Duke study: Weight loss app caused no improvement over control group

By Jonah Comstock
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The CITY Android app used in the Duke study. The CITY Android app used in the Duke study.

Duke University published a study in the journal Obesity this week which shows that, over a two-year period, neither a specially designed mobile app nor a coaching intervention that utilized a mobile app was any more effective in promoting weight loss than the control intervention -- a handful of fliers from a doctor visit.

“For some people it did work,” lead author Dr. Laura Svetkey said in a statement. “But on average, the difference with the control group was insignificant. This doesn’t mean cell phone apps can’t work for weight control, but this one didn’t.”

The study was particularly interesting compared to other weight loss studies for a few reasons. For one thing, it evaluated longterm weight loss outcomes, over two years. For another, it focused on 18- to 35-year-olds, a group that is often overlooked for weight loss despite the fact that weight gain is most rapid during these years and, according to studies, predicts future cardiovascular events.

"Thirty-five percent of this age-group is overweight or obese, and that’s a huge public health problem,” Svetkey said. “We thought that because this is an age group that is most engaged in technology, it might be possible to intervene and prevent future problems like cardiovascular disease, high blood pressure and diabetes while they are still developing their lifestyle habits.”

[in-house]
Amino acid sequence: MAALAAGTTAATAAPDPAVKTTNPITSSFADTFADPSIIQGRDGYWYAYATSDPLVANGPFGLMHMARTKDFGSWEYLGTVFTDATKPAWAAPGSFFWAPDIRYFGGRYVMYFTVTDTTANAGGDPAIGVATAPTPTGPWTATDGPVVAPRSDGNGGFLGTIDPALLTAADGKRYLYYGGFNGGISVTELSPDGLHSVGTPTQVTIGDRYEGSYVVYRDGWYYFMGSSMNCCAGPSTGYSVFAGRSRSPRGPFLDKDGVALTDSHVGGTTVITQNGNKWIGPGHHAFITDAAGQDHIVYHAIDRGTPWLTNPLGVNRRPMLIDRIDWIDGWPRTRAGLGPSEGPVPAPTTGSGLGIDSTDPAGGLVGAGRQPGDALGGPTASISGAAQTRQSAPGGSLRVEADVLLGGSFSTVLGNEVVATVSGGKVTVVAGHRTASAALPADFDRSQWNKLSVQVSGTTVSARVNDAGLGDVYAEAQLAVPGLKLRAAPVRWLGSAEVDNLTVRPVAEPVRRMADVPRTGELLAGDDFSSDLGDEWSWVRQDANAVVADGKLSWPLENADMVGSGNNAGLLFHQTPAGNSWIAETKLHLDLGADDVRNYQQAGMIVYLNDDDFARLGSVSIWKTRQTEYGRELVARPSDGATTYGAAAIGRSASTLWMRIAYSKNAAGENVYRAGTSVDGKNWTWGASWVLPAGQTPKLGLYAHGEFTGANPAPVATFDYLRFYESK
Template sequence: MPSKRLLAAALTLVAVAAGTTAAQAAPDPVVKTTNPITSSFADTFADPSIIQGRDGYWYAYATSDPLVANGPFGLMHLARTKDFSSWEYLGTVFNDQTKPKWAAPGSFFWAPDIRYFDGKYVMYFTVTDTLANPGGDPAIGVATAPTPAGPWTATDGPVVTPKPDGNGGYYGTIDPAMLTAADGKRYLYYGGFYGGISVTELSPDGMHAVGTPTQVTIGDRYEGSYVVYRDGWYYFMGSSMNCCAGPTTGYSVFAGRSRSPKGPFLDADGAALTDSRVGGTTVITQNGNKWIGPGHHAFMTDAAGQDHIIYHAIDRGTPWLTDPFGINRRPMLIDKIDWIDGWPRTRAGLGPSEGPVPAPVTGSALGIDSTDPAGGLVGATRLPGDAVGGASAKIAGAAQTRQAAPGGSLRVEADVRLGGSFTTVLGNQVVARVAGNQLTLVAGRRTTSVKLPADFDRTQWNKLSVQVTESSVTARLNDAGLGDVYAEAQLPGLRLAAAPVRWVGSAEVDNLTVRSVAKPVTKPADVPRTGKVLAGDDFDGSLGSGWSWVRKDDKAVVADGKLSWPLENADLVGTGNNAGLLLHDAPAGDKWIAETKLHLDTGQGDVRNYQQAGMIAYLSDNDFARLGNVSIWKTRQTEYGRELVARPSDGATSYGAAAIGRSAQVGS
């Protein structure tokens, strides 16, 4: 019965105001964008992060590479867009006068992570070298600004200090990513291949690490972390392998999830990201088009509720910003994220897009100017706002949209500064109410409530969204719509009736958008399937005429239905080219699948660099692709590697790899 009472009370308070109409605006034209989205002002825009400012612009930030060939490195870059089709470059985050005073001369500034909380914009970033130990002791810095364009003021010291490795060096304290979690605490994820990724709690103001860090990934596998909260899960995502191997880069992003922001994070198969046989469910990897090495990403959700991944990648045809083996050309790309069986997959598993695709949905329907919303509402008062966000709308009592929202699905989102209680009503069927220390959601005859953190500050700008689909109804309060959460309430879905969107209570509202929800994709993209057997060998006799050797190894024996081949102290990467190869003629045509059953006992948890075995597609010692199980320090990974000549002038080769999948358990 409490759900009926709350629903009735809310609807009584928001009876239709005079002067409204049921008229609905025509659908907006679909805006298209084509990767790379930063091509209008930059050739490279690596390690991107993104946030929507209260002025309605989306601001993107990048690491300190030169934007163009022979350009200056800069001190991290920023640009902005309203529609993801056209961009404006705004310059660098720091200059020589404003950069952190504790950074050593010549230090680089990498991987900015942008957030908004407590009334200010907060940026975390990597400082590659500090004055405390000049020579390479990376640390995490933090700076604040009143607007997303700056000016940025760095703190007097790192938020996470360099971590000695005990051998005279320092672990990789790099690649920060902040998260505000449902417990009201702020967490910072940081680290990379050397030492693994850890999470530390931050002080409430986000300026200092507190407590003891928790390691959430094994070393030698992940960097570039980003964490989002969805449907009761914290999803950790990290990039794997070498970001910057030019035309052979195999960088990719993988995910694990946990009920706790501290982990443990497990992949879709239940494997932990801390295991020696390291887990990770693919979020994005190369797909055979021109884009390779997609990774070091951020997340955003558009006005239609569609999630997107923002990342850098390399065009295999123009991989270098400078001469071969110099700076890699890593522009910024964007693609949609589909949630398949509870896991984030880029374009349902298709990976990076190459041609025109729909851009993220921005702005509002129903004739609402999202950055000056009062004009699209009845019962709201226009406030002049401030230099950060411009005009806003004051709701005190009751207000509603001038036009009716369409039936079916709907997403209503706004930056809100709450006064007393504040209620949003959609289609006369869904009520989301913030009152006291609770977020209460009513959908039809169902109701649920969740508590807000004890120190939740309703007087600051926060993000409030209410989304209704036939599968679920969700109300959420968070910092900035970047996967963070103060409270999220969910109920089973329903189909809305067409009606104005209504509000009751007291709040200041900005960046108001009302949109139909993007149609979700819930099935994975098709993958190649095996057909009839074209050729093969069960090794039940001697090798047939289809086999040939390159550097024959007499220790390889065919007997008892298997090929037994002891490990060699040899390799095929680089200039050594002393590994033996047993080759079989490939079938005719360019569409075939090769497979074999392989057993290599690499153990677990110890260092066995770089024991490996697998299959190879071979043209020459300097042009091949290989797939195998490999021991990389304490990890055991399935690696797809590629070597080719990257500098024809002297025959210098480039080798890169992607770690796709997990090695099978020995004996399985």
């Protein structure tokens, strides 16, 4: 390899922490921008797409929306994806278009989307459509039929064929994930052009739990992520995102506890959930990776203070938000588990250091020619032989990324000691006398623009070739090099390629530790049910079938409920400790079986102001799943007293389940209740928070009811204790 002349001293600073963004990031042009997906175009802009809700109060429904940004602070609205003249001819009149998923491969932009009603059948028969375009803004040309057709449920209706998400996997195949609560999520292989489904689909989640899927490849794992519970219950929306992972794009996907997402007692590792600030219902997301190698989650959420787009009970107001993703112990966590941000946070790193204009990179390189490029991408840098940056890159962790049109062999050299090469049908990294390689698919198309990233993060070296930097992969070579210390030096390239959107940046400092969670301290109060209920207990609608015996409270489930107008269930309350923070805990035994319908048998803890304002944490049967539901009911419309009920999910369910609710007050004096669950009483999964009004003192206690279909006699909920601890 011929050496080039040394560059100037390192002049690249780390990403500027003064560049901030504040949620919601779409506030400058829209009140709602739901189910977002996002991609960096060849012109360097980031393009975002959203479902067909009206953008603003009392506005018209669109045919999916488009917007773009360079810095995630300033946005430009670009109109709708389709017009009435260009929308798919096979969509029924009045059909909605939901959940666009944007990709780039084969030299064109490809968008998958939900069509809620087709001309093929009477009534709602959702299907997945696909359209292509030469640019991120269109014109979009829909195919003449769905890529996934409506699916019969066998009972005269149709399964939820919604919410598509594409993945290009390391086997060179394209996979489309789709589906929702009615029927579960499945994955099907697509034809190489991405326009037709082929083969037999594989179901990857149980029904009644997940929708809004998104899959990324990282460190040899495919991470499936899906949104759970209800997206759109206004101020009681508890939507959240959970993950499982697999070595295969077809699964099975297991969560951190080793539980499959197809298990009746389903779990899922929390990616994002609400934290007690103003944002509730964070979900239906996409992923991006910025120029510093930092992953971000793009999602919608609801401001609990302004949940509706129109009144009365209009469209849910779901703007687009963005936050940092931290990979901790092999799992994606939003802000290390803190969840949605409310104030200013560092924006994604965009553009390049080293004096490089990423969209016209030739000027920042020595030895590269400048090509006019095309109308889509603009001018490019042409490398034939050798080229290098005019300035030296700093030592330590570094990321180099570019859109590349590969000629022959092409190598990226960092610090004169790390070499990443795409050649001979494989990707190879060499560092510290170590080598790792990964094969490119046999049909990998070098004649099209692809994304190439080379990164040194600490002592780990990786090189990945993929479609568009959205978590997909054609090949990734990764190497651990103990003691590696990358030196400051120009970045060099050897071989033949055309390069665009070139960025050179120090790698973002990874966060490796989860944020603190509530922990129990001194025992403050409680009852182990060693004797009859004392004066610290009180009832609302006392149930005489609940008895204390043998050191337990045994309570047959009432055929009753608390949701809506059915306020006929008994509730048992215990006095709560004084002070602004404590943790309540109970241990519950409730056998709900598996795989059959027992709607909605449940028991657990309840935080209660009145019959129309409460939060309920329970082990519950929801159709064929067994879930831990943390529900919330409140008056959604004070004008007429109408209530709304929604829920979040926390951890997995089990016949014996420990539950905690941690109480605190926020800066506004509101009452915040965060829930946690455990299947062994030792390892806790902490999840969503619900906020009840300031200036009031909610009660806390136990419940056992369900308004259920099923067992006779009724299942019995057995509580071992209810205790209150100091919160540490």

Study authors still aren't quite sure why that didn't happen in this 365-participant study. Overperformance by the control group might be part of the problem -- whereas control groups normally gain a small amount of weight during these studies, this one lost 2-3 pounds. It may have been down to the design of the app itself which, unlike commercial weight loss app, wasn't able to iterate in response to patient feedback. It's also possible that the data was made muddy by participants in all groups using other commercial weight loss apps. But researchers asked participants about other apps in a follow-up interview and found no significant difference in the control group between those who used outside apps and those who didn't.

The study did find that the arm which used in-person coaching interventions supported by app-based tracking was able to produce statistically significant weight loss at six months, but after a year that weight loss wasn't sustained.

“A lot of people can lose weight in a short amount of time,” Gary Bennett, another senior author on the study, said. “The real question is, can they keep it off in the long term? Research has really focused on older populations, and that’s a missed opportunity. We know that younger consumers are a population that we’re having an extraordinarily difficult time treating, and who need intervention now to offset health risks later on.”

Weight loss apps are some of the most popular and ubiquitous health apps on the iOS and Android app stores, but there isn't yet too much data that supports their effectiveness. This study shows why it's important to see that data.

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